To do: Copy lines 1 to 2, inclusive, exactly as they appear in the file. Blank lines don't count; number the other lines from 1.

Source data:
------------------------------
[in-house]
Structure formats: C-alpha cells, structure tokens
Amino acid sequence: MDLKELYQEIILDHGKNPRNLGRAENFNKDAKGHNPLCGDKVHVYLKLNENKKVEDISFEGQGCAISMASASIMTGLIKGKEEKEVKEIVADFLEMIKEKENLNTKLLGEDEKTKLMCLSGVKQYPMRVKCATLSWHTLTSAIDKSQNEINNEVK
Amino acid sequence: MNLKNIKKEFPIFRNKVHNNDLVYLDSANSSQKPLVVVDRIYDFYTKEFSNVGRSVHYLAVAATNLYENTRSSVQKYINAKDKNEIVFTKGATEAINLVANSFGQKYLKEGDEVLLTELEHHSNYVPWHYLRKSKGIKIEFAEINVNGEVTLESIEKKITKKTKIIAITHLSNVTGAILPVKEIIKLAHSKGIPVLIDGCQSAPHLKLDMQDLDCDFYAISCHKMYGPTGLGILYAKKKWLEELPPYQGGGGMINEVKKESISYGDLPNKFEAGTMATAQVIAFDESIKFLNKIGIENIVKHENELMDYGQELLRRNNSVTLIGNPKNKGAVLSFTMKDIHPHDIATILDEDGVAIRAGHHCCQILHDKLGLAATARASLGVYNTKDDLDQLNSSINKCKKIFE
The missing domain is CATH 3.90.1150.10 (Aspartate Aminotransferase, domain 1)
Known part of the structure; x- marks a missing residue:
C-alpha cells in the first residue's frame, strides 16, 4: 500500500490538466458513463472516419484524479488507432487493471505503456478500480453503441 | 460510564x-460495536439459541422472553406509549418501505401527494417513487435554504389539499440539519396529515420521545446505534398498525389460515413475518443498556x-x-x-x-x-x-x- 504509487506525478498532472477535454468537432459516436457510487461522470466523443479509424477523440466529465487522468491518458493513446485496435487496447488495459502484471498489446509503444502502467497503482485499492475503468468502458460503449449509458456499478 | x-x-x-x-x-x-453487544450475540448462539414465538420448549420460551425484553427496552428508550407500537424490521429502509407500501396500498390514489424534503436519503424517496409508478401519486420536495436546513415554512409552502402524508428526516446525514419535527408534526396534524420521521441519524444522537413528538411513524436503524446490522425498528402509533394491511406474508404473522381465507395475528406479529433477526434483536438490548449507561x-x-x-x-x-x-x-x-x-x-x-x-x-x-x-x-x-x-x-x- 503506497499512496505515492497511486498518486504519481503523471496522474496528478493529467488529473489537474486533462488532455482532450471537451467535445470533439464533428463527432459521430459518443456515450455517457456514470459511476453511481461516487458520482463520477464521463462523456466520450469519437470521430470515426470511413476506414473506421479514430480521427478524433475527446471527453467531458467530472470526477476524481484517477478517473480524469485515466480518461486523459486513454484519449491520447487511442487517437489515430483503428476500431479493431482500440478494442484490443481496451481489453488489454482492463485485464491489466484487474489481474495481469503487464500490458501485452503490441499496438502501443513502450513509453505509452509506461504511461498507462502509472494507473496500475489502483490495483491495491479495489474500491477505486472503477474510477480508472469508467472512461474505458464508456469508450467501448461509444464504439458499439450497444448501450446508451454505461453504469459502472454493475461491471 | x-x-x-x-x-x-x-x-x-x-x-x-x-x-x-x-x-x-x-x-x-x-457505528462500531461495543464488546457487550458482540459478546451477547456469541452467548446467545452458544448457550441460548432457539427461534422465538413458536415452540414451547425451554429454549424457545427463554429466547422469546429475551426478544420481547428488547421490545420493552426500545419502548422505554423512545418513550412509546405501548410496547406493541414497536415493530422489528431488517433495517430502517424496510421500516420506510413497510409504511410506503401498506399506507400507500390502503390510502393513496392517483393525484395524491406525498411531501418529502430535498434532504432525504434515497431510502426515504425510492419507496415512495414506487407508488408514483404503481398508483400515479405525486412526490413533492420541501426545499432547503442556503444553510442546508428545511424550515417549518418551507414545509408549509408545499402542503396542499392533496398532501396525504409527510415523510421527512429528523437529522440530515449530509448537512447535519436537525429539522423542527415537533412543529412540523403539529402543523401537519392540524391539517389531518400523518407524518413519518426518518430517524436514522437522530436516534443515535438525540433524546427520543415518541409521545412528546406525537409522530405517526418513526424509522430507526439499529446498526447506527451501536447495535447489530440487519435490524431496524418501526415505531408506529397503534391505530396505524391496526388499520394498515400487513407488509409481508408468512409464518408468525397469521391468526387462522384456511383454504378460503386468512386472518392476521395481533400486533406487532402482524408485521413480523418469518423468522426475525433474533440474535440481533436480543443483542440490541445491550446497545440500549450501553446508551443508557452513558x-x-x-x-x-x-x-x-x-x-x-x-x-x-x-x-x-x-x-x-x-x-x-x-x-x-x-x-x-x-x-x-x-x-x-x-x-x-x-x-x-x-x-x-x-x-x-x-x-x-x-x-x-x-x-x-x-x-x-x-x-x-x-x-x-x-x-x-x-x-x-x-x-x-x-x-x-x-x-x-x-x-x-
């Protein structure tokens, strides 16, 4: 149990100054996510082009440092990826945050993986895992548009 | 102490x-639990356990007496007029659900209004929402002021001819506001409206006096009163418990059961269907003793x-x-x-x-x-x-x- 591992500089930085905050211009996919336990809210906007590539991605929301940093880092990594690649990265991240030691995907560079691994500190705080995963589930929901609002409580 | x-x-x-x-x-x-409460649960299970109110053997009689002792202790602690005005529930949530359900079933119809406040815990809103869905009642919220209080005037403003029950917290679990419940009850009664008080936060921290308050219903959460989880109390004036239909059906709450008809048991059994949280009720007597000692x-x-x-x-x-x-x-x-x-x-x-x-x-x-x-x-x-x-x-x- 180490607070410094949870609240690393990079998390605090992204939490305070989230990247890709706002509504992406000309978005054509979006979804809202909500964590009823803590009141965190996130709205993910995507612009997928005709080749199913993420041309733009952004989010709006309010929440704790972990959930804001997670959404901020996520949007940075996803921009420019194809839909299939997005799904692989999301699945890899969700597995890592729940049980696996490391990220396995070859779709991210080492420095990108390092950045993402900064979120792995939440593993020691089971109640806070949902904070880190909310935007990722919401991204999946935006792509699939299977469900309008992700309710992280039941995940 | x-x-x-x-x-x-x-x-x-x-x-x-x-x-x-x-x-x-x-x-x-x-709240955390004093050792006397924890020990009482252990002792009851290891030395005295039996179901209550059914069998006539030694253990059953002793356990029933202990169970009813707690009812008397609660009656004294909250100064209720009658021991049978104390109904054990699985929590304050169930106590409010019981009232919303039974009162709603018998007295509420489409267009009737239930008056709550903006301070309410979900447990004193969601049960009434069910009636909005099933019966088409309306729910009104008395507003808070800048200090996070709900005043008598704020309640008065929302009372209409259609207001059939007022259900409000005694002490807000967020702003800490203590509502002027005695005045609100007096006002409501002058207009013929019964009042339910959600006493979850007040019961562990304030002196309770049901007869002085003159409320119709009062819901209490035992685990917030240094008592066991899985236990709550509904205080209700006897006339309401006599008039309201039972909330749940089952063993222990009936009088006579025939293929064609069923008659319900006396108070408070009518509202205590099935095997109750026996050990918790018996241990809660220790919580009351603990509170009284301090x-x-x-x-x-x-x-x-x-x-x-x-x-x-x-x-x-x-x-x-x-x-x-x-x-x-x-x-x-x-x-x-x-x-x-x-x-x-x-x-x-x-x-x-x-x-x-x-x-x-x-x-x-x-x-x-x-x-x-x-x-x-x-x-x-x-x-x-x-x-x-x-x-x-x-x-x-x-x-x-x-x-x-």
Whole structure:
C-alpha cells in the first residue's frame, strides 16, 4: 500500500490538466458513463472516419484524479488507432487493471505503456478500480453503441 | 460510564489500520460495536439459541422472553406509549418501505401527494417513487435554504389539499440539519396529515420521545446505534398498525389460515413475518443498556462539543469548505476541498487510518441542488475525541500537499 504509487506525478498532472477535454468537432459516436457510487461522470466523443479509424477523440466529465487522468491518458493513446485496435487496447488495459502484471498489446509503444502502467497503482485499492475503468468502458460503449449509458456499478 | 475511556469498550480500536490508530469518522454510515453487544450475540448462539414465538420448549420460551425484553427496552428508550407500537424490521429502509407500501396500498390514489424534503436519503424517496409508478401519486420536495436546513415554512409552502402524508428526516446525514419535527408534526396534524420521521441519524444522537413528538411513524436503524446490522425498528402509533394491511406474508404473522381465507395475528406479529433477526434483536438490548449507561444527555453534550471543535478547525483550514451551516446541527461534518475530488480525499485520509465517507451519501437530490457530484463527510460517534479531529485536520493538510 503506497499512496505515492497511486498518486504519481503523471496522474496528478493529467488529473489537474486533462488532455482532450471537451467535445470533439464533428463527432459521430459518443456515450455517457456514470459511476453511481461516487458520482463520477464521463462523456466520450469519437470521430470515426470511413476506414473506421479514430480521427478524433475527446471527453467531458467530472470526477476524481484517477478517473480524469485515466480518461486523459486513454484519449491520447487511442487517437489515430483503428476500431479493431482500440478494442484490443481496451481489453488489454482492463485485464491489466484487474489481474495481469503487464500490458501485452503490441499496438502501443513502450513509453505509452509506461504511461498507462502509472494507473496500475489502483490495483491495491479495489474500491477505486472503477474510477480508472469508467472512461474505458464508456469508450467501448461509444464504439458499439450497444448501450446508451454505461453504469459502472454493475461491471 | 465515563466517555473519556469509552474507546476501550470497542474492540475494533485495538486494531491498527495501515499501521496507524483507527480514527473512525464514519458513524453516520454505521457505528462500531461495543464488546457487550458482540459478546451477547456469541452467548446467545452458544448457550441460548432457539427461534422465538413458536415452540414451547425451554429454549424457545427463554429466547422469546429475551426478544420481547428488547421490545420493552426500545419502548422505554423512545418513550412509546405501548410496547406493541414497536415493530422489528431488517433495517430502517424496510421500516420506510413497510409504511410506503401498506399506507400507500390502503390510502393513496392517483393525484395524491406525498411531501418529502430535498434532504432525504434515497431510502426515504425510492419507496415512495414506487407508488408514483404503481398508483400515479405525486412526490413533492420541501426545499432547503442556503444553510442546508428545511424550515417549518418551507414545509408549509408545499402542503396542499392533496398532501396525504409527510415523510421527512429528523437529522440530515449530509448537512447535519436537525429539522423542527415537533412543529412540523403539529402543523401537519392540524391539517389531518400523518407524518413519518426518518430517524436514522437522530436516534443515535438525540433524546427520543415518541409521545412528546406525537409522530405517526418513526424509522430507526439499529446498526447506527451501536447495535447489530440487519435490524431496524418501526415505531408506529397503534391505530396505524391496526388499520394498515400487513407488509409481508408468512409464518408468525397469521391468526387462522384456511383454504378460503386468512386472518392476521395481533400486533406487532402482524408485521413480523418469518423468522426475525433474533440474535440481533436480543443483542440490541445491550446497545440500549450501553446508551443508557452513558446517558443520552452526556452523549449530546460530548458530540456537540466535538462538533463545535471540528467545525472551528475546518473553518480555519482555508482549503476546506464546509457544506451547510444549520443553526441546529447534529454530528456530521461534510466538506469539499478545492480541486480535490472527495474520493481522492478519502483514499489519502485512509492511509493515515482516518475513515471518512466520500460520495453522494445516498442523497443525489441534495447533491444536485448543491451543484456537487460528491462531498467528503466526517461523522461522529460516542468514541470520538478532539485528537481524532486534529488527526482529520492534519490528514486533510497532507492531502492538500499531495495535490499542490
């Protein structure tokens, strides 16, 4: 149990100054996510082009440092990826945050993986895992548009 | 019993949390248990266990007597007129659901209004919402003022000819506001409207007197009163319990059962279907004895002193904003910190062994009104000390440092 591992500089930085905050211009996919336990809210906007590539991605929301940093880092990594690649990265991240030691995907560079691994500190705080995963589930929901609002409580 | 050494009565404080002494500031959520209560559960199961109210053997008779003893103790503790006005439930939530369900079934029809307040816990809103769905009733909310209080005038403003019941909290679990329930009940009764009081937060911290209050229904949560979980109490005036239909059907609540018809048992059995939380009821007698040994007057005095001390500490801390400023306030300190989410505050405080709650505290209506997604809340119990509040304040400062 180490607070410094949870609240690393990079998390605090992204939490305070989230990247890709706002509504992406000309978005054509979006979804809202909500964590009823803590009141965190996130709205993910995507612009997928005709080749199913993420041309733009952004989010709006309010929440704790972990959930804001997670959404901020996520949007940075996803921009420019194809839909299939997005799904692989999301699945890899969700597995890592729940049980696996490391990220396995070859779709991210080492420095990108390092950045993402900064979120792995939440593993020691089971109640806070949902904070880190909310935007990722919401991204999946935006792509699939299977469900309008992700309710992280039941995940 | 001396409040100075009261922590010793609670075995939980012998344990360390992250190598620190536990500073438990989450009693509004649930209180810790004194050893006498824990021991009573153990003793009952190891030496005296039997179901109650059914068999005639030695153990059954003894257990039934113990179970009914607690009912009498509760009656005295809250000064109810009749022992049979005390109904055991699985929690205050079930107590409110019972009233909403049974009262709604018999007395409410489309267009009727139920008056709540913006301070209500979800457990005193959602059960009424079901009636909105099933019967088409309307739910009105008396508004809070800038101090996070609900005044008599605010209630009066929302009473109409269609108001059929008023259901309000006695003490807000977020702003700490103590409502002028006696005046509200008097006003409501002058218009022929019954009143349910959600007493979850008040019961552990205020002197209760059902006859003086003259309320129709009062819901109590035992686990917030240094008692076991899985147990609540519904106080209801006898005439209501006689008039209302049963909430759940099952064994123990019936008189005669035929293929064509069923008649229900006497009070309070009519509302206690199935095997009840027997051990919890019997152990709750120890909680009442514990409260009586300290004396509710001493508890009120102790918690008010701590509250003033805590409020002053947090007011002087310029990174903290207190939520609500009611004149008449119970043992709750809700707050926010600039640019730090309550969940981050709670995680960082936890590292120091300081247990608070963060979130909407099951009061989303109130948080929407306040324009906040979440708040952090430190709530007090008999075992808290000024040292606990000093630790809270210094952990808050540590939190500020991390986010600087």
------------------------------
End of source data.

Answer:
[in-house]
Structure formats: C-alpha cells, structure tokens